Today's question started me wondering if we mightn't be better off mining our landfills and increasing our investments in recycling. Have you looked at any of the documentation for the proposed PolyMet NorthMet mining project? Have you noticed the ratio of waste to ore ("... the metal content is roughly .75%, combined , for copper, nickel, and various precious metals.")? We throw away and abandon too much, too quickly. I have doubts we can last until Star Trek technology saves us.
abandoned farm house
Photo by J. Harrington
What facilities in your area accept universal hazardous waste?
Chisago County lists Hazardous Waste Disposal Sites and the Items Accepted / Rejected at the County's household hazardous waste facility. The county's web page adds a very nice touch by providing information on where to dispose of items, such as ammunition and automotive batteries, not accepted at the facility. Of the four EPA-listed universal hazardous wastes, all are accepted at the county facility or listed in the county's information of disposal sites.
Photo by J. Harrington
The Minnesota Pollution Control Agency, in partnership with metropolitan counties, provides for hazardous waste from commercial generators. The nested hazardous waste management framework, from federal, through state to county, seems to fit fairly well with the bioregional tenets for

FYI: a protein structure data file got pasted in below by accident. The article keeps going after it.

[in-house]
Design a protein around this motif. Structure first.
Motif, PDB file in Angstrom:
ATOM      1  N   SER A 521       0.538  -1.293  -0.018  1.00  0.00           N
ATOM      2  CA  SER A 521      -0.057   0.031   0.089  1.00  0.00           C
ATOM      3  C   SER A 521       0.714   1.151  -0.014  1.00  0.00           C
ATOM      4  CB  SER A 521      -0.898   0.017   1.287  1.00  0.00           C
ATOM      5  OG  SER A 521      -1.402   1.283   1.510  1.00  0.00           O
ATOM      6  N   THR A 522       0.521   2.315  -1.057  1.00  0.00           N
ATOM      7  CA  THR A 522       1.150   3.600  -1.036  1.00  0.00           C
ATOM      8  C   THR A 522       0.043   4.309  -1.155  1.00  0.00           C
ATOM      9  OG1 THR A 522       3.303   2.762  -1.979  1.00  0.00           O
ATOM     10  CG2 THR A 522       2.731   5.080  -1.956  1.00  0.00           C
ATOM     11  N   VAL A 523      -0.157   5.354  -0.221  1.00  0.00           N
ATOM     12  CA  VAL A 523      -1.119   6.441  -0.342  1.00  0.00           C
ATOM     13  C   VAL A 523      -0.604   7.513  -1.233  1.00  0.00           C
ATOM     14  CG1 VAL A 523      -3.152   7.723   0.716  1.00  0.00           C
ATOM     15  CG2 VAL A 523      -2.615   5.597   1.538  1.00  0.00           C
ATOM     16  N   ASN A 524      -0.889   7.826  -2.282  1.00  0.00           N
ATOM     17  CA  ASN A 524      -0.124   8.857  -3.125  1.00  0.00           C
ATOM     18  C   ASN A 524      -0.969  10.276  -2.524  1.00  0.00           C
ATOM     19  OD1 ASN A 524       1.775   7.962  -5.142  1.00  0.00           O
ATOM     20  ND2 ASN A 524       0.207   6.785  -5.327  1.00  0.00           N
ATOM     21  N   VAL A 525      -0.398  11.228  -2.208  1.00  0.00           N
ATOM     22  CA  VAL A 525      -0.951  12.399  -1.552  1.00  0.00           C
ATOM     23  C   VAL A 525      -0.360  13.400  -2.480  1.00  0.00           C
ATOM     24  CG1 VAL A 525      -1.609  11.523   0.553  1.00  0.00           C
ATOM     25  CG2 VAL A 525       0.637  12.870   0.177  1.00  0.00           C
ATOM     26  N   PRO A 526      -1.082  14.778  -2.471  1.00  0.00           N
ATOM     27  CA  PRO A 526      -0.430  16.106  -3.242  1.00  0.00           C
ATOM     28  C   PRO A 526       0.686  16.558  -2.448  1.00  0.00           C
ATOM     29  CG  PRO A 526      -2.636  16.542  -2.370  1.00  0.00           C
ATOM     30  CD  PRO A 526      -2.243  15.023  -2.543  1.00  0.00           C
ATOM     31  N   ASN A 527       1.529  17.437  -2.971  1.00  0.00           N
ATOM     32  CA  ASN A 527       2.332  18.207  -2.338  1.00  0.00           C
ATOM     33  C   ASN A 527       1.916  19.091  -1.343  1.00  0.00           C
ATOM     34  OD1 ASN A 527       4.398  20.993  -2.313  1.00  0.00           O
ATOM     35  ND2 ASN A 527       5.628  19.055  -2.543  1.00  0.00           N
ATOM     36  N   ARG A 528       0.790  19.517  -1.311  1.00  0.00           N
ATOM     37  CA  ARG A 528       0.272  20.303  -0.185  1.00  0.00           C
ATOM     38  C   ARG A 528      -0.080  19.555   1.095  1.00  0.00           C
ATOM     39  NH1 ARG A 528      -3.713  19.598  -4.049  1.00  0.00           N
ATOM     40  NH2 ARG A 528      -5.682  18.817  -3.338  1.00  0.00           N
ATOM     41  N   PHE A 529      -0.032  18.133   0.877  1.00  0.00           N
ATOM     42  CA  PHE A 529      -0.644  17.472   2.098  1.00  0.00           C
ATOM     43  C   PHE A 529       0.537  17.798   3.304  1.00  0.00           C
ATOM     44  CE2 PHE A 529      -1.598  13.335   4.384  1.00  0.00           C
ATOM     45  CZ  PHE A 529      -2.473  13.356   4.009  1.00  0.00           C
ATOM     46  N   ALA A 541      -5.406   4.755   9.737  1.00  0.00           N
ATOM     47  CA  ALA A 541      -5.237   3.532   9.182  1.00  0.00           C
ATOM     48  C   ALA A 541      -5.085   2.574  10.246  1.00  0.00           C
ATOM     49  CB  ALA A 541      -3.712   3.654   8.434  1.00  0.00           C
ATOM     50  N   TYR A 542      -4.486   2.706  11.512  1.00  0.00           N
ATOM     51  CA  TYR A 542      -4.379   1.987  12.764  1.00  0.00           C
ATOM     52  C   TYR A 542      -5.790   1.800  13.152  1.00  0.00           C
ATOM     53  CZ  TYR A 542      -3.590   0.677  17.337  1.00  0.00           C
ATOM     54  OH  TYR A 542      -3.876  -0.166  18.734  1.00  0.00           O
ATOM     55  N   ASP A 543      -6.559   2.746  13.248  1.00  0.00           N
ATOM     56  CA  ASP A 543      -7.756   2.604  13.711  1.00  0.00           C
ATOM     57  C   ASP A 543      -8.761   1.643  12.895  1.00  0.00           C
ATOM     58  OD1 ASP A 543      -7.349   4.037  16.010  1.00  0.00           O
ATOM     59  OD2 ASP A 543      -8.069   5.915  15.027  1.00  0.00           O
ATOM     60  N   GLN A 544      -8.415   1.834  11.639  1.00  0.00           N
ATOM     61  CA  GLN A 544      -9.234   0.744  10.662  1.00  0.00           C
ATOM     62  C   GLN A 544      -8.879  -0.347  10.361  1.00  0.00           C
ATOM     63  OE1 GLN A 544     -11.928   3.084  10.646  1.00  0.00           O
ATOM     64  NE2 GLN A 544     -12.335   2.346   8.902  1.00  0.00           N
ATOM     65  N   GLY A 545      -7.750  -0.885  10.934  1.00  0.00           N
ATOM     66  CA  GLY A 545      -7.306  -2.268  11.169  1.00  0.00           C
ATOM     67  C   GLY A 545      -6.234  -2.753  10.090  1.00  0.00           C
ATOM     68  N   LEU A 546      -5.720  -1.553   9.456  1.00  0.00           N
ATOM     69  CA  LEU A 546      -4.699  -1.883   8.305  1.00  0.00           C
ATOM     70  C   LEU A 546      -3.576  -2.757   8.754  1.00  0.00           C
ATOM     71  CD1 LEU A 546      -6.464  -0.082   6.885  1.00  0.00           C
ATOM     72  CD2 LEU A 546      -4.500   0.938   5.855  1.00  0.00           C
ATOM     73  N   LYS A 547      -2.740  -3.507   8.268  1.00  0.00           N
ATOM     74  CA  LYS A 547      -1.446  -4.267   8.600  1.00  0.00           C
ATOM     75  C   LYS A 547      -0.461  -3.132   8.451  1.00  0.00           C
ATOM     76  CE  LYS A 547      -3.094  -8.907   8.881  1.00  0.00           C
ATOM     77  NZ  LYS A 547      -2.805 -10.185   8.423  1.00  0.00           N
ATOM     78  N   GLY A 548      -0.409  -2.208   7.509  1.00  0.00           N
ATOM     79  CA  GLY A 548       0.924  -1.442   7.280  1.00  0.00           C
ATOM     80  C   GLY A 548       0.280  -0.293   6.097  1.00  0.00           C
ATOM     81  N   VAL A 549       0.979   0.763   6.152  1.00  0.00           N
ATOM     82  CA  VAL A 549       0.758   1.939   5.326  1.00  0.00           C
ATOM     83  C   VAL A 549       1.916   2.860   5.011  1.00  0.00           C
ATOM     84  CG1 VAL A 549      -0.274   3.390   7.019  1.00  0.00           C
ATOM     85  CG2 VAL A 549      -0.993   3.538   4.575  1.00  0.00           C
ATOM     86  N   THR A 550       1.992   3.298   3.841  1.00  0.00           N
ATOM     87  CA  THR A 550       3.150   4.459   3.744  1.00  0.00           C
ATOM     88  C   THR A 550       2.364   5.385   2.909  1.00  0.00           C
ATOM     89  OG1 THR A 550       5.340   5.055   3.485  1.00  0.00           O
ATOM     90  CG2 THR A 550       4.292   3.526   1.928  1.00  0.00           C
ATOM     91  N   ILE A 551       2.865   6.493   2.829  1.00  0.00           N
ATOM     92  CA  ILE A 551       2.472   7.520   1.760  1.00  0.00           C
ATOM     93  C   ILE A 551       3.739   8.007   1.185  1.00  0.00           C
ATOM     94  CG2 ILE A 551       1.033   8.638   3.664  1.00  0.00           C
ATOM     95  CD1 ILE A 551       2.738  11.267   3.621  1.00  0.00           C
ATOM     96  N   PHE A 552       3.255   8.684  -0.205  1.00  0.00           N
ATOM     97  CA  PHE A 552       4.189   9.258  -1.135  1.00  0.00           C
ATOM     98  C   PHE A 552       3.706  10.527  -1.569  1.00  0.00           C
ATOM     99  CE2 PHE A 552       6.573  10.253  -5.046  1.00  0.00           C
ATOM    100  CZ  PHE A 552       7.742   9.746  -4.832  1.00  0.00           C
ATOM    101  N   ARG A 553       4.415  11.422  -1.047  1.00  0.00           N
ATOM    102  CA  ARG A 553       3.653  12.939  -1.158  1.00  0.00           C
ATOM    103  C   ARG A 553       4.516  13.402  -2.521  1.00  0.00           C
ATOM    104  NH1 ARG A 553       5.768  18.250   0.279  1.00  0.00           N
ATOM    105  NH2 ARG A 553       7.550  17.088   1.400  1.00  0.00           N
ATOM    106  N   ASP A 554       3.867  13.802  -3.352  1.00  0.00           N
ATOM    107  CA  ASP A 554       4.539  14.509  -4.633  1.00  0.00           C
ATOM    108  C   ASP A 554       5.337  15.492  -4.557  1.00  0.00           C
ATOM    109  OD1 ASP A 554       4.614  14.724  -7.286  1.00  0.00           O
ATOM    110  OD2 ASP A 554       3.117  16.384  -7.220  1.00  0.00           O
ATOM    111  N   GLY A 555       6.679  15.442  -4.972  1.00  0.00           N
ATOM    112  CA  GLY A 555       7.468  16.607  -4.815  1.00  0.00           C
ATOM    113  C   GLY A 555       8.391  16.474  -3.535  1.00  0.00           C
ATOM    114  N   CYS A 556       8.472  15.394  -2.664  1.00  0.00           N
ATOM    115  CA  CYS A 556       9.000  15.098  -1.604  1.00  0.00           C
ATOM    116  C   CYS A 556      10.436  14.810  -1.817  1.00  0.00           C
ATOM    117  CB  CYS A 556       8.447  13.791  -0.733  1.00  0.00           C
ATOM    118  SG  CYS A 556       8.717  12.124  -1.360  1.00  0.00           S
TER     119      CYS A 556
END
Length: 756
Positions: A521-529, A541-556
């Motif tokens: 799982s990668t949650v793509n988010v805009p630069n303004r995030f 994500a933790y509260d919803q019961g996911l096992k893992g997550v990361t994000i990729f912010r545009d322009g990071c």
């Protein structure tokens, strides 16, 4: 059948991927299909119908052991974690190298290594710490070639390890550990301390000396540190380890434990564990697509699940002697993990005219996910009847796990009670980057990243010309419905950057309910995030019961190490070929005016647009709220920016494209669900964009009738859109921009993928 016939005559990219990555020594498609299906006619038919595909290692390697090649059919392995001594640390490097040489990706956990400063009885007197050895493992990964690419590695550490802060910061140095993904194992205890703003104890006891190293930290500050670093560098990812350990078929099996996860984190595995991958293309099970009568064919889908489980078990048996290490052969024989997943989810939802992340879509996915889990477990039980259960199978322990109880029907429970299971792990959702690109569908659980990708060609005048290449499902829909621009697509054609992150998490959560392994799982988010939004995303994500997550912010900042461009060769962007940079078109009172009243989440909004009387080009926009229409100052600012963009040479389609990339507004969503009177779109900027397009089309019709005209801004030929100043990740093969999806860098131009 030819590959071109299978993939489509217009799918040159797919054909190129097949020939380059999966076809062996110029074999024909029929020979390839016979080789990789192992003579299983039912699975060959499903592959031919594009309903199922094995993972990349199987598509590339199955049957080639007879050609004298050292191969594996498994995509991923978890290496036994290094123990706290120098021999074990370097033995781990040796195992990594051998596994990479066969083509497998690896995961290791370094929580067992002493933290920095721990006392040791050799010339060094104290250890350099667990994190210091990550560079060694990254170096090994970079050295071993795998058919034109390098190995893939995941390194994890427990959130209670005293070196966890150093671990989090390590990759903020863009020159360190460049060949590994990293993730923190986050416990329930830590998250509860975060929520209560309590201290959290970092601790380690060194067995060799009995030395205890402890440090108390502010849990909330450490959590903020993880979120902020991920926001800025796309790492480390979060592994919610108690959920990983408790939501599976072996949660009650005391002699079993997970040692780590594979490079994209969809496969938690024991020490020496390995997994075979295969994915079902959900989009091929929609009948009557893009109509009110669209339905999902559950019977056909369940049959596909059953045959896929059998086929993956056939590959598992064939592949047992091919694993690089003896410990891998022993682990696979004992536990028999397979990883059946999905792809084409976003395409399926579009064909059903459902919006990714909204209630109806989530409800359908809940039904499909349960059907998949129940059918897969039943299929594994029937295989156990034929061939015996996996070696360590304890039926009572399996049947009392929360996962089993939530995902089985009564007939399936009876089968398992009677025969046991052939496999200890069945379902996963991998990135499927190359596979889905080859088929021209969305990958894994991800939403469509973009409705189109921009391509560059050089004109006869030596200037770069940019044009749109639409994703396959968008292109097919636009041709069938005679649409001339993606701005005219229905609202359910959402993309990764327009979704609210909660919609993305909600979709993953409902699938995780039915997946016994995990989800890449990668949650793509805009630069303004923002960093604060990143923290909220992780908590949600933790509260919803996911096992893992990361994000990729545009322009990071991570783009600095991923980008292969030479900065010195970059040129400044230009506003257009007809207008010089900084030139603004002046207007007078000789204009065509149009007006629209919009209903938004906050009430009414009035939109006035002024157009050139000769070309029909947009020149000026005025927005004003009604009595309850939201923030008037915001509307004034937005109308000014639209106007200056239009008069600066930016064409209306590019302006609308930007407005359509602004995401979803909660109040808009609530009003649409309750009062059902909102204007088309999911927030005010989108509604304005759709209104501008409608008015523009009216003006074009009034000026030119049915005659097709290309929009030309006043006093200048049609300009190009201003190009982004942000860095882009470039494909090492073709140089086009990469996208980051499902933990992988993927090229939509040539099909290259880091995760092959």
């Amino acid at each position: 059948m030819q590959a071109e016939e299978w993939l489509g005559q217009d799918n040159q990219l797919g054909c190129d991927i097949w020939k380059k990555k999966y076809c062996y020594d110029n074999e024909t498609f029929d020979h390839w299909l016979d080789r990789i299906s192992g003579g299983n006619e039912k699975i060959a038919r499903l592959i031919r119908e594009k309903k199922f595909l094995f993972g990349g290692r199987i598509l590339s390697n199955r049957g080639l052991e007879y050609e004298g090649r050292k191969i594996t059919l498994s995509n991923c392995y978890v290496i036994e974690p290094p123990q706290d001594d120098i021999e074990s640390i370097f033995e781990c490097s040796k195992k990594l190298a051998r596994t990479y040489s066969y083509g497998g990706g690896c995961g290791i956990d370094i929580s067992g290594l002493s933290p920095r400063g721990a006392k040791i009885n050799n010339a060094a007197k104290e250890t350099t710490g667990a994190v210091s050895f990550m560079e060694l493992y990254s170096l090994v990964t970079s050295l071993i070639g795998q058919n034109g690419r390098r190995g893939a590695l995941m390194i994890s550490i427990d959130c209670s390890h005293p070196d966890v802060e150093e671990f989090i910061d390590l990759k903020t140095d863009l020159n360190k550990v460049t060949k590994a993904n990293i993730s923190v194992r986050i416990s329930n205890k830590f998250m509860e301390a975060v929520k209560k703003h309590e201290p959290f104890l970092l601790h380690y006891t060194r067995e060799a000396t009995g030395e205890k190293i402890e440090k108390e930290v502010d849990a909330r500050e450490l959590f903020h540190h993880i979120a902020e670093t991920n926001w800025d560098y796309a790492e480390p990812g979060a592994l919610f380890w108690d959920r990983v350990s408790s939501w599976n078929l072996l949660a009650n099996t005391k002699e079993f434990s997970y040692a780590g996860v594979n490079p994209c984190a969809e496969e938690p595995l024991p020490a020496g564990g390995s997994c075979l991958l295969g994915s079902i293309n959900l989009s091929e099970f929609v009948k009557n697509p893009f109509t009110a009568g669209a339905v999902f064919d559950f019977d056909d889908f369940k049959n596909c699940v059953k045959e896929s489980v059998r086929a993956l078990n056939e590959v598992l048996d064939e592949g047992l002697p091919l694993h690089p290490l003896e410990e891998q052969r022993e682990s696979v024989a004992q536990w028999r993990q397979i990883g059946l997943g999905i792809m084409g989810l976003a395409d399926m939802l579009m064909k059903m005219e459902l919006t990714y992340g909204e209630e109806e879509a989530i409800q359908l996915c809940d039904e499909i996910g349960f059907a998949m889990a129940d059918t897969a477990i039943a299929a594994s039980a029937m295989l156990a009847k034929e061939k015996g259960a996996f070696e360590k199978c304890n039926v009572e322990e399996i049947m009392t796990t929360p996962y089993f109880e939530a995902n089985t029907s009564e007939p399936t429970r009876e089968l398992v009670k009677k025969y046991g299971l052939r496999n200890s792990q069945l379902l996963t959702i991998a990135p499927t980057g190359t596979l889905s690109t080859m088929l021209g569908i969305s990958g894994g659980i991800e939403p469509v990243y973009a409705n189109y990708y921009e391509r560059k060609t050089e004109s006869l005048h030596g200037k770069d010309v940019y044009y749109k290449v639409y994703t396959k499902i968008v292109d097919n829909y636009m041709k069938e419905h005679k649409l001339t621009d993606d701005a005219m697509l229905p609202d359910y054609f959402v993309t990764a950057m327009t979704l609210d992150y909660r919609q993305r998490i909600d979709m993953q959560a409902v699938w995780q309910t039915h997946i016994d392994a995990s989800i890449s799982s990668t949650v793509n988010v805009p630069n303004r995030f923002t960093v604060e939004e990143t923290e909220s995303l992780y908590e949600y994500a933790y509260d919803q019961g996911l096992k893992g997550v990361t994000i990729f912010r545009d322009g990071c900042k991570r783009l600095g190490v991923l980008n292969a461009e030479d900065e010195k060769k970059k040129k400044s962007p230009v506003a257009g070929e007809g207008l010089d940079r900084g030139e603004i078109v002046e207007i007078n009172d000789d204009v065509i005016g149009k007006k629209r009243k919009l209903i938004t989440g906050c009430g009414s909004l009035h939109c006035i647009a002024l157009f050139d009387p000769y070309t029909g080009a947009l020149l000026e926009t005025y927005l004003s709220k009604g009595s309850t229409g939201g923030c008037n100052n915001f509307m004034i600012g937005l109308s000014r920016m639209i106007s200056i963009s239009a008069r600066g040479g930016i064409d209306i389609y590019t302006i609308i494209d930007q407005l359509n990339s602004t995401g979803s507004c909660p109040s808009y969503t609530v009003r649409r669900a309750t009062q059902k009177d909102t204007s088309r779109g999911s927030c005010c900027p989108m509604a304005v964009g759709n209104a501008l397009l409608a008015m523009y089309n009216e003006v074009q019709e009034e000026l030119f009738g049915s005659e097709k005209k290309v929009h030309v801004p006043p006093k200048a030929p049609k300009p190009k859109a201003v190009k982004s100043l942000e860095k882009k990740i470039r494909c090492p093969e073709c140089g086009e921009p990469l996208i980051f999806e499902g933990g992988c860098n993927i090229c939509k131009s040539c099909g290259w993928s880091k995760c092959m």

- Bioregion governance is autonomous, democratic and employs culturally- sensitive participatory decision-making processes.
- Political and cultural legitimacy are measured by the degree to which a steward achieves social and ecological justice, and ecosystem-based sustainability.
- Intricate networks of federation will be woven on continental, hemispheric and global bases to ensure close association with governments, economic interests and cultural institutions in other bioregions.
The Waste Carpet
No day is right for the apocalypse,if you ask a housewife in TalkingRock, Georgia, or maybe Hop River,Connecticut. She is opening a plastic bag.A grotesque parody of the primeval muckstarts oozing out. And behold,the plastic bag is magic;there is no closing it. Soapin unsoftened water, sewage, asbestoscoiled like vermicelli, Masonite shavings,a liquefied lifetime subscriptionto The New York Times delivered all at once.Empty body stockings, limp, forlorn,like collapsed lungs. A blithering slurof face creams, an army of photocopiestravelling on its stomach of acronyms,tooth paste tubes wrung rigid and dry.Also, two hundred and one tonsof crumpled bumpers wrapped in insuranceclaims, slag, coal dust, plastic trimmings,industrial excrementa. Lake Erie is returningour gifts.
At first she thought she had wonsomething. Now it slithers through the house,out windows, down the street, spreadingeverywhere but heading, mostly, west.Maybe heading is the wrong word,implying shape and choice. It tookthe shape of the landscapeit rippled across like the last blanket.And it went west because the way lay openonce again: not the same fecund rugthe earth grew when white people scrapedtheir first paths to the Pacificacross the waves of the inland grasses.